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The story of James Donovan is indeed a remarkable one. This lawyer turned negotiator was a true servant of the nation when he went the extra mile to negotiate the release of an American pilot in exchange for a convicted spy during the height of cold war. He also was instrumental in the release of detainees held by the Cuban government after the failed Bay of Pigs invasion. ‘Bridge of Spies’ documents the former story in detail and does not disappoint. In fact, it matches and exceeds the expectations generated by the combination of Tom Hanks and Steven Spielberg. The movie will certainly garner a few Oscar nominations for the heartwarming drama it effectively captures. It is interesting to note that when more and more movies are being made with the accompanying technology at the centre of film making, the original whizkid Spielberg is turning to such solid drama. Some movies are exceptional in their own silent way. This is one such movie.

The Walk (2015) [IMDB: 7.7, Rotten Tomatoes: 85%, My Rating:7.5 ]

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The histrionics of Philippe Petit are not just amusing but are also acts of artistic daredevilry.  More than 30 years ago he committed what some dub as the artistic coup of the century. He had the idea,courage and expertise to perform a high wire walk across the twin towers of the World Trade Center. He did it without any protective equipment. The attempt was captured in a high quality documentary called Man On Wire. ‘The Walk’ is the movie version of the event. (spoilers ahead) I had thought till I saw the movie that Petit had just walked across the towers once but it is only on watching the movie that the artistry and courage of his feat become apparent. After completing his first end to end walk, he goes on the ‘trip’ again and again. As Beethovan’s Fur Elise plays in the background, the magic of the walk unfolds on the screen. Even when the movie takes a long time to reach the final act, the wait is worth the iconic images that unfold.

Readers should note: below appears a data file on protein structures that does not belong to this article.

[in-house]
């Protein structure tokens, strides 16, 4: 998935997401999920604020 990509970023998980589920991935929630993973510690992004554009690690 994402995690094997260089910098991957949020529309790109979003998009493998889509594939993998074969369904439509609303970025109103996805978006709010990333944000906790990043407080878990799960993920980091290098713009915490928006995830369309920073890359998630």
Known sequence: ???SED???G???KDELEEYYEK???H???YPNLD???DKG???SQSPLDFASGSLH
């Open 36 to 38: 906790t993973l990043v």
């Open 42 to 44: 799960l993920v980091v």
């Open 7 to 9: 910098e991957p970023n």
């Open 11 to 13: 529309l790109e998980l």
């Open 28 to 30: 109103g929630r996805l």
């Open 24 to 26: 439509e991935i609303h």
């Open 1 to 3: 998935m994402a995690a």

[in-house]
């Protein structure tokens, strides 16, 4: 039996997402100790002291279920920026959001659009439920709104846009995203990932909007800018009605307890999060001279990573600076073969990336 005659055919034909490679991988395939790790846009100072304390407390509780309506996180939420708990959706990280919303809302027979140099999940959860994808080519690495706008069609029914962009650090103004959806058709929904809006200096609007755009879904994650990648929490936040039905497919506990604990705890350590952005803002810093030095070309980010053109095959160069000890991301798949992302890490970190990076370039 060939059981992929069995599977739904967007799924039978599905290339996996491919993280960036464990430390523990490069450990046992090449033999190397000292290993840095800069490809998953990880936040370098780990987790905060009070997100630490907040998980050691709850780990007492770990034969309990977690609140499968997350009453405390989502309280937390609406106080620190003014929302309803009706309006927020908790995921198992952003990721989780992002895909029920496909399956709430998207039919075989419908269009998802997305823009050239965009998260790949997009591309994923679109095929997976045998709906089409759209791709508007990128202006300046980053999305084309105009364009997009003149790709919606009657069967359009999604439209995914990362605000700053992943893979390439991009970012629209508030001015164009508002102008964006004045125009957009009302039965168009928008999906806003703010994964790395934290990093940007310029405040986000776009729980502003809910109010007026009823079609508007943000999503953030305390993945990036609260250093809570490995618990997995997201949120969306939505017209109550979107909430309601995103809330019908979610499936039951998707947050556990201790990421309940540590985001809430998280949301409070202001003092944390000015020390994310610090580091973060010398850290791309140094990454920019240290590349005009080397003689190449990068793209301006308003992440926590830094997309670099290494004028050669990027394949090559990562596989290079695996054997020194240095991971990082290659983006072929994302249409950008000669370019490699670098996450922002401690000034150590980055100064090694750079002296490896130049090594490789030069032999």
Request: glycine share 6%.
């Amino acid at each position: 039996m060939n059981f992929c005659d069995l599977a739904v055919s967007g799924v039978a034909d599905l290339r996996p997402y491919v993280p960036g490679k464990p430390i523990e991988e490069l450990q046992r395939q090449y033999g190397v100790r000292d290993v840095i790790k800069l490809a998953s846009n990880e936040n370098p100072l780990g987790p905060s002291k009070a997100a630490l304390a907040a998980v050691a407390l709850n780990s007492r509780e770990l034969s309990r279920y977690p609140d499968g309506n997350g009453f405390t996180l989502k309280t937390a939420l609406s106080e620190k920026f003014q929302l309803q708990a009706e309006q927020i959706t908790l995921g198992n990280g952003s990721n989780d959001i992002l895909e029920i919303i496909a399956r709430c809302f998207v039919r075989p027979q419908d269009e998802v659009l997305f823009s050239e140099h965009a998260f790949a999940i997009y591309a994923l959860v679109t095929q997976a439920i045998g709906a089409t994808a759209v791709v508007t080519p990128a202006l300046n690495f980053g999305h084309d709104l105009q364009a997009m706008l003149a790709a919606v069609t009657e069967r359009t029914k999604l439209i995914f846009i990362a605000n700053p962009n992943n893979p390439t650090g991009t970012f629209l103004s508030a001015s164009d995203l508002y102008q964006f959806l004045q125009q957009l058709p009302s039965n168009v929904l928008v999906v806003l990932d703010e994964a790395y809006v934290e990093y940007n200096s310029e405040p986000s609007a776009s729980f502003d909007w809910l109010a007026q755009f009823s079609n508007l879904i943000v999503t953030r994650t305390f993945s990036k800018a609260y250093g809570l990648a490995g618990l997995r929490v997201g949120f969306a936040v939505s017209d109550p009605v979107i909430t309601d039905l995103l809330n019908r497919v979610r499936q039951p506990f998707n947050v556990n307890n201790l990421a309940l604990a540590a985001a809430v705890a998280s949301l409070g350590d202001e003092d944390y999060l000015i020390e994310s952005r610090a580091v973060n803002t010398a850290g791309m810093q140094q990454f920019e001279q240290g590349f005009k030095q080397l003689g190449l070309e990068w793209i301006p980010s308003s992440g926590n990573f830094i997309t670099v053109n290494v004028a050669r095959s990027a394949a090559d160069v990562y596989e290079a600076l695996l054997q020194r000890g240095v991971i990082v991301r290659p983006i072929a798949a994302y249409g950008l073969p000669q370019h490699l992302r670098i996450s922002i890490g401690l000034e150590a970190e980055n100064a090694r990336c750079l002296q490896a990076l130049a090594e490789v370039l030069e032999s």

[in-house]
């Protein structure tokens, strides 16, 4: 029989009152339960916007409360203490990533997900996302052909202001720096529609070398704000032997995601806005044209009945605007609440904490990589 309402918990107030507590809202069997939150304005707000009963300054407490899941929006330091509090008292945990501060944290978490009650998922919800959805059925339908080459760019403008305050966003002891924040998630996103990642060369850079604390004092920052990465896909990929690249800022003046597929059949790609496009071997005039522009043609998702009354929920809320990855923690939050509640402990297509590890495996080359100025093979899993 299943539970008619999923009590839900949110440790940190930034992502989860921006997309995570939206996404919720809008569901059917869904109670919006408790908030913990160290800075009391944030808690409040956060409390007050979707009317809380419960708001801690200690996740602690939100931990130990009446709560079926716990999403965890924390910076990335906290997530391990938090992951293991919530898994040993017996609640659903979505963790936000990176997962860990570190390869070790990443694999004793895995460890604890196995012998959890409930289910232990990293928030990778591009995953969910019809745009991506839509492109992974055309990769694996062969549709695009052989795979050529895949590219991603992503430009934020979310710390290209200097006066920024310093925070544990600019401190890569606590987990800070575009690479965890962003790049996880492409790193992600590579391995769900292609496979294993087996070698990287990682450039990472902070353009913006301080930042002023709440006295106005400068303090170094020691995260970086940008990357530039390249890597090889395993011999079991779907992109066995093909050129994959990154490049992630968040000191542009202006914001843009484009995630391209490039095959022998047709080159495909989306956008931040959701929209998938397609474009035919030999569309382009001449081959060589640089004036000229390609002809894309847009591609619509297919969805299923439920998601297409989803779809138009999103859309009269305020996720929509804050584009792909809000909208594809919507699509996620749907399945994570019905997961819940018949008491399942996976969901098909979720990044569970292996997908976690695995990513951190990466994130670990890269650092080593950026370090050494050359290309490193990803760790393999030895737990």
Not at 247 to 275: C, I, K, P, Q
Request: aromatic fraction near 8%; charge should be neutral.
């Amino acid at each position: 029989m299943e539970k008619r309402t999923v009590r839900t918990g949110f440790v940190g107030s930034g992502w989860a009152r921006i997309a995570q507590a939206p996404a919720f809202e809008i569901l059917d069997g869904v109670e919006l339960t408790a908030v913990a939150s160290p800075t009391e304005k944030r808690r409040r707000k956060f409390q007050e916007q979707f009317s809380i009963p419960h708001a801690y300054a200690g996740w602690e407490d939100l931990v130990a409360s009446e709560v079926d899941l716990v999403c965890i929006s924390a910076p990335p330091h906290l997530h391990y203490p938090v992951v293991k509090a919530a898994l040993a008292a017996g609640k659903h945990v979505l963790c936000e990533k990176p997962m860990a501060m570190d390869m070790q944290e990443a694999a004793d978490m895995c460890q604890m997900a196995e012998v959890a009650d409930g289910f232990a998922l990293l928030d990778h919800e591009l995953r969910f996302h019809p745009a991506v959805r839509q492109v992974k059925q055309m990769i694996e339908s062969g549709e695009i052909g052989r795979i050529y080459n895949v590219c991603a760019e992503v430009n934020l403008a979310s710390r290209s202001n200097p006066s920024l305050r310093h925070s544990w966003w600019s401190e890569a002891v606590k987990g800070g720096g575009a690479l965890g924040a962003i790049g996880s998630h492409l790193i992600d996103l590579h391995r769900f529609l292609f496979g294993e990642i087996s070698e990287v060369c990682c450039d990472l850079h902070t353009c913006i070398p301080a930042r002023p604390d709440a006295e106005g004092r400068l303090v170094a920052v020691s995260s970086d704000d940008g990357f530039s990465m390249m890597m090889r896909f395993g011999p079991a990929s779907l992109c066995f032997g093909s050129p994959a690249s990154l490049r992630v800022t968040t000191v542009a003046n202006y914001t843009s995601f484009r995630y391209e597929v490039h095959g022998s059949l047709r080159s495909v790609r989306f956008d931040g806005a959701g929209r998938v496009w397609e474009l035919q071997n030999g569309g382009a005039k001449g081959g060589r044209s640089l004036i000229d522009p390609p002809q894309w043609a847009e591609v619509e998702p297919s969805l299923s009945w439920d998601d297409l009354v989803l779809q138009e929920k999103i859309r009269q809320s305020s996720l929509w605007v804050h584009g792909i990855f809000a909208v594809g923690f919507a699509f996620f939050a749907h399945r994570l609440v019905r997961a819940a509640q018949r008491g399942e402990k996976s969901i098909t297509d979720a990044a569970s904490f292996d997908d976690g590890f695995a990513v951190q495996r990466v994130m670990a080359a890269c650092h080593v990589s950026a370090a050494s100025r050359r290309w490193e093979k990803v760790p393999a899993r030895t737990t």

Prem Ratan Dhan Payo (India, 2015) [IMDB: 5.5, Rotten Tomatoes: 55%, My Rating: 4.5]

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India is currently ranked 172 (its lowest ever) in FIFA ranking. Watching ‘Prem Ratan Dhan Payo’ can give you insights into what ails Indian soccer. Salman Khan persuades a gathering to play football. He places the ball for kickoff. Then they break into a song and dance about it. When done with the dance, they finally start playing and then goals are scored because the lady goalkeepers run for their lives when the ball is hit in their direction. Prem Ratan Dhan Payo is full of such insights. Salman Khan has a way even with gravity. Few days after falling from a few hundred feet and after being treated in a ‘facility’ with fire burning around him, he returns to the screen as if he had been on a vacation. At the exact moment when that Salman has an accident, a new Salman (without a moustache) turns up as a replacement for the prince. How many times will Hindi movies have themes involving a doppelganger? This movie is essentially a remake of every movie from Rajshri productions. The Barjatyas are stuck in the past and perhaps they know that. So they leave a few years between their movies so that the audience forgets and forgives them. In this movie, they got Salman Khan to sign up and then roped in actors (Neil Nitin Mukesh, Arman Kohli of Jaani Dushman: Ek Anokhi Kahani, Sonam Kapoor etc) who were looking for work. Then they slated it for release on Diwali. Left with no other movie to watch, everyone flocked to the theatres and made the film a blockbuster. For those who don’t believe it, this movie was the second highest grossing film internationally after Spectre in its opening weekend, making a cool $40 million.